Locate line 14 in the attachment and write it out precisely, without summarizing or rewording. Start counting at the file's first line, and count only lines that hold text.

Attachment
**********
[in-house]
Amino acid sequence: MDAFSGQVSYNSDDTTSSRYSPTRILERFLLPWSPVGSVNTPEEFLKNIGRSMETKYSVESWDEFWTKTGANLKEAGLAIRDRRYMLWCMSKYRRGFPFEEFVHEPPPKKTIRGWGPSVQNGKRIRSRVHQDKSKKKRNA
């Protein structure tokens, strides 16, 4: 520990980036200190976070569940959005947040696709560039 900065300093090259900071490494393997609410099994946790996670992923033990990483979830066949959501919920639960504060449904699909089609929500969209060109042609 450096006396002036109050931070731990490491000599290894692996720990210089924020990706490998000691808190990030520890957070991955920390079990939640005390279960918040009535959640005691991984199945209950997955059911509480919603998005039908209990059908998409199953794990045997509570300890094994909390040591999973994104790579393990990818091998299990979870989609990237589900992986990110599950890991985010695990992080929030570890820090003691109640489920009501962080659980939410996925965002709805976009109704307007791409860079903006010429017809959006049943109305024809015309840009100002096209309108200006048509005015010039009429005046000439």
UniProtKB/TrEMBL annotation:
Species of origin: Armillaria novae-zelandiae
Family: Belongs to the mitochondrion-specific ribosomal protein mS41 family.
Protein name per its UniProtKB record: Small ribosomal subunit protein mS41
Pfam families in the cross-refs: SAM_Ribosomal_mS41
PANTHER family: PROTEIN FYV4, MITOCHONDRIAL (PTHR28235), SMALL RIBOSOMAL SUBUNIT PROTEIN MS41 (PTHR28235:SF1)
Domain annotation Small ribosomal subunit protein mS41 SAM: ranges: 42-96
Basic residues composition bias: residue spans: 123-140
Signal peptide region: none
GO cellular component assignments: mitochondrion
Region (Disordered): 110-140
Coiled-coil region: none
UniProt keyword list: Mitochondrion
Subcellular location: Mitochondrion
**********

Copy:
Region (Disordered): 110-140